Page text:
Rare Deep-sea Squid Filmed At Depth

A rare deep-sea squid has been captured on video at a depth of more than a kilometre underwater, by scientists from The University of Western Australia and Kelpie Geosciences in the UK.

A team from the Minderoo-UWA Deep Sea Research Centre and chief scientist Heather Stewart, from Kelpie Geosciences UK and an adjunct at UWA, captured the footage when they were deploying free-fall baited cameras north of an area known as the Samoan Passage.

After the camera was retrieved from a deployment of more than 5km deep, researchers realised an animal rarely seen in its natural habitat had been captured on video.

At a depth of just over 1km, a deep-sea hooked squid called Taningia danae caught up with the lander as it was sinking to seafloor at 58 metres per minute.

“As we were reviewing the footage, we realised we had captured something very rare,” Associate Professor Stewart said.

The deep-sea hooked squid is one of the largest deep-water squid and is renowned for having two very large photophores on the end of two of its arms, which produce bright bioluminescent flashes to startle and disorientate prey when hunting. These are the largest known photophores in the natural world.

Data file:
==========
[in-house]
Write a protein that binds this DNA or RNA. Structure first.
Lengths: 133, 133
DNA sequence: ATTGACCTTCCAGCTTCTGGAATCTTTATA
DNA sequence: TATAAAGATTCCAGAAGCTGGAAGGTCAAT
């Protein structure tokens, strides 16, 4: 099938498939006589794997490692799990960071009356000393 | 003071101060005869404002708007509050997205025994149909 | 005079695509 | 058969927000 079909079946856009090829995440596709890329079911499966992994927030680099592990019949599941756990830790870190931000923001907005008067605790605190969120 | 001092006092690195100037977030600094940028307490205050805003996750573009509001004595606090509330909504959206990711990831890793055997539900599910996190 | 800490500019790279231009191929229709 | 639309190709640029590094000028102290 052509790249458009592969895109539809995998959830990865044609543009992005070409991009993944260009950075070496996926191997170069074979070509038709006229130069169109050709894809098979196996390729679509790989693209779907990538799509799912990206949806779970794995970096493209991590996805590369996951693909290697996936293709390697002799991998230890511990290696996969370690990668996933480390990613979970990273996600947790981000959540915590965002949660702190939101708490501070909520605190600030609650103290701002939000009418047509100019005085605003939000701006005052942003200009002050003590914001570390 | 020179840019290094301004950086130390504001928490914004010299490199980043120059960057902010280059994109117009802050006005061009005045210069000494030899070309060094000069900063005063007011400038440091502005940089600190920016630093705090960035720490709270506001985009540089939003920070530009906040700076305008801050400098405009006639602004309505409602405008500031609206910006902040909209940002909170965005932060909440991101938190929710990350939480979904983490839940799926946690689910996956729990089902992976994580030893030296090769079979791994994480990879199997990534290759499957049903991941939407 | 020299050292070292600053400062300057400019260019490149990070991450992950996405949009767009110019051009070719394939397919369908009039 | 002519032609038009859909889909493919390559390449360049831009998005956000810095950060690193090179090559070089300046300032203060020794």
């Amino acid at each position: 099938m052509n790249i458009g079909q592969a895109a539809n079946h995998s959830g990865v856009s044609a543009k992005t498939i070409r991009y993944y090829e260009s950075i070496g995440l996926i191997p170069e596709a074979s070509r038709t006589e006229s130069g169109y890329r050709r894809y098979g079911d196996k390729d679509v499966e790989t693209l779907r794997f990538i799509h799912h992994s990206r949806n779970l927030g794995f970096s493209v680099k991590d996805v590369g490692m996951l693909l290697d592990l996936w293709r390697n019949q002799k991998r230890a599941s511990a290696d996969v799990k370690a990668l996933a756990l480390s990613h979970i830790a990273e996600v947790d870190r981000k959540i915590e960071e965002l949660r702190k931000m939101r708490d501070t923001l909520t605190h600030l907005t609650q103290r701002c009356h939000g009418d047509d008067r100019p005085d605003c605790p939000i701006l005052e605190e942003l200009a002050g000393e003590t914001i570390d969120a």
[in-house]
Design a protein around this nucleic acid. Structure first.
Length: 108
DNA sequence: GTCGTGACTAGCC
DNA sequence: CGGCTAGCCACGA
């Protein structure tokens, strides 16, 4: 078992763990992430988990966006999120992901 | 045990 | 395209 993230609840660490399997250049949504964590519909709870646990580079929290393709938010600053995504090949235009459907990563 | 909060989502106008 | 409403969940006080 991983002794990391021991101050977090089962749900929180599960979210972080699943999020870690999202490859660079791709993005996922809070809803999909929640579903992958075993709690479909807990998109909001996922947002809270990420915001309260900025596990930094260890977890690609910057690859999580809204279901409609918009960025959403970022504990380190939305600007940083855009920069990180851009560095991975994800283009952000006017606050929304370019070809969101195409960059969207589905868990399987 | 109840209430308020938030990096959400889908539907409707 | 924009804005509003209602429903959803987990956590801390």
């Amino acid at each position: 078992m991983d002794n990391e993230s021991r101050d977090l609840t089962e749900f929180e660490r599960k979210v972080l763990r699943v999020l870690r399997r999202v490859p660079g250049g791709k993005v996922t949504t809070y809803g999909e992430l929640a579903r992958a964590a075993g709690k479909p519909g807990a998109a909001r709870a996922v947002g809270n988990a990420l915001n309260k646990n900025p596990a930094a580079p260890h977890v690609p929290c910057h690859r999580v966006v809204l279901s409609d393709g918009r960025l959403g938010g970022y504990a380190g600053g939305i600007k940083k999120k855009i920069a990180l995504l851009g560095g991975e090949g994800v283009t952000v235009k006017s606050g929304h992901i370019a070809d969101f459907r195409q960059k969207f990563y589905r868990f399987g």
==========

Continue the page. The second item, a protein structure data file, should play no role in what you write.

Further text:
“The squid, which was about 75cm long, descended on our camera assuming it was prey, and tried to startle it with is huge bioluminescent headlights,” Associate Professor Stewart said.

“It then proceeded to wrap its arms around one of other cameras which in turn captured the encounter in even greater detail. I think we were very lucky to have witnessed this.”

Professor Alan Jamieson, director of the Minderoo-UWA Deep Sea Research Centre, said observing deep-sea squid in their natural habitat, especially in the mid-water, was notoriously challenging.

“Many records of this species are from strandings, accidental bycatch or from the stomach contents of whales,” Professor Jamieson said.

“The rarity of live observations of these amazing animals makes every encounter valuable in gathering information on geographic locations, depth, and behaviour, plus it is such a unique animal that we hardly ever get to see, so we had to share it.”

The research ship RV Dagon is currently in the final few weeks of a three-month expedition, supported by Inkfish, to the Nova Canton Trough located in the Central Pacific Ocean. The mission is to explore and document the biodiversity and geodiversity of the seafloor at depths between three and eight kilometres.

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